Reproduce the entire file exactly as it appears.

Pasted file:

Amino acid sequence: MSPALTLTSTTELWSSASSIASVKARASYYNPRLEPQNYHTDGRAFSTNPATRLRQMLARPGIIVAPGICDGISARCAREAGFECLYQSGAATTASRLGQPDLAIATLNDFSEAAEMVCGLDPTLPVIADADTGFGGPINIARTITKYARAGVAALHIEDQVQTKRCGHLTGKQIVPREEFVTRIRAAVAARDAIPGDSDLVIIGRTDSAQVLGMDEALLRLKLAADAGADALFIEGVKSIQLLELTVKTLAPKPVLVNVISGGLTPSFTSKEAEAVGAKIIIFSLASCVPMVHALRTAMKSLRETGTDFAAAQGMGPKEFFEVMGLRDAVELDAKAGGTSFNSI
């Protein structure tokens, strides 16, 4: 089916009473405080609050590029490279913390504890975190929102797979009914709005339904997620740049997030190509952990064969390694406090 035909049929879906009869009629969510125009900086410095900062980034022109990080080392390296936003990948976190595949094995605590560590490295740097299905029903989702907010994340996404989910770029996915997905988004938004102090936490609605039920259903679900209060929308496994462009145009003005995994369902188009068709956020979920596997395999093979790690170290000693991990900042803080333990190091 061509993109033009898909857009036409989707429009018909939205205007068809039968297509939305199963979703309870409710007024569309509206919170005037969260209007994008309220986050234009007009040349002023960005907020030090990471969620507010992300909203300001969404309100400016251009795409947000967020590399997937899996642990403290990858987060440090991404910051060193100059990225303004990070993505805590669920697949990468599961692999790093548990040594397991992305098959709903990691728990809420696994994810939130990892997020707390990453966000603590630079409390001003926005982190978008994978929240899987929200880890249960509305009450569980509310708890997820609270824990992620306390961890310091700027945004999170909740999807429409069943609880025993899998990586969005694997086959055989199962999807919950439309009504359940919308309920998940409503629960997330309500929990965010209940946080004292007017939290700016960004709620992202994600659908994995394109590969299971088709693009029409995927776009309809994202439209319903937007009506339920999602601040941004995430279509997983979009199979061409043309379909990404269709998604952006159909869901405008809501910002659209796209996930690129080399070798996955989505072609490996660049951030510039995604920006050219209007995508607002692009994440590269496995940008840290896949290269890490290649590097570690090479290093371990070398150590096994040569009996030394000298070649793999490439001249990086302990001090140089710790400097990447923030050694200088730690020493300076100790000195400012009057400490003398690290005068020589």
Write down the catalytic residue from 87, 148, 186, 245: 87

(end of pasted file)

Amino acid sequence: MSPALTLTSTTELWSSASSIASVKARASYYNPRLEPQNYHTDGRAFSTNPATRLRQMLARPGIIVAPGICDGISARCAREAGFECLYQSGAATTASRLGQPDLAIATLNDFSEAAEMVCGLDPTLPVIADADTGFGGPINIARTITKYARAGVAALHIEDQVQTKRCGHLTGKQIVPREEFVTRIRAAVAARDAIPGDSDLVIIGRTDSAQVLGMDEALLRLKLAADAGADALFIEGVKSIQLLELTVKTLAPKPVLVNVISGGLTPSFTSKEAEAVGAKIIIFSLASCVPMVHALRTAMKSLRETGTDFAAAQGMGPKEFFEVMGLRDAVELDAKAGGTSFNSI
């Protein structure tokens, strides 16, 4: 089916009473405080609050590029490279913390504890975190929102797979009914709005339904997620740049997030190509952990064969390694406090 035909049929879906009869009629969510125009900086410095900062980034022109990080080392390296936003990948976190595949094995605590560590490295740097299905029903989702907010994340996404989910770029996915997905988004938004102090936490609605039920259903679900209060929308496994462009145009003005995994369902188009068709956020979920596997395999093979790690170290000693991990900042803080333990190091 061509993109033009898909857009036409989707429009018909939205205007068809039968297509939305199963979703309870409710007024569309509206919170005037969260209007994008309220986050234009007009040349002023960005907020030090990471969620507010992300909203300001969404309100400016251009795409947000967020590399997937899996642990403290990858987060440090991404910051060193100059990225303004990070993505805590669920697949990468599961692999790093548990040594397991992305098959709903990691728990809420696994994810939130990892997020707390990453966000603590630079409390001003926005982190978008994978929240899987929200880890249960509305009450569980509310708890997820609270824990992620306390961890310091700027945004999170909740999807429409069943609880025993899998990586969005694997086959055989199962999807919950439309009504359940919308309920998940409503629960997330309500929990965010209940946080004292007017939290700016960004709620992202994600659908994995394109590969299971088709693009029409995927776009309809994202439209319903937007009506339920999602601040941004995430279509997983979009199979061409043309379909990404269709998604952006159909869901405008809501910002659209796209996930690129080399070798996955989505072609490996660049951030510039995604920006050219209007995508607002692009994440590269496995940008840290896949290269890490290649590097570690090479290093371990070398150590096994040569009996030394000298070649793999490439001249990086302990001090140089710790400097990447923030050694200088730690020493300076100790000195400012009057400490003398690290005068020589």
Write down the catalytic residue from 87, 148, 186, 245: 87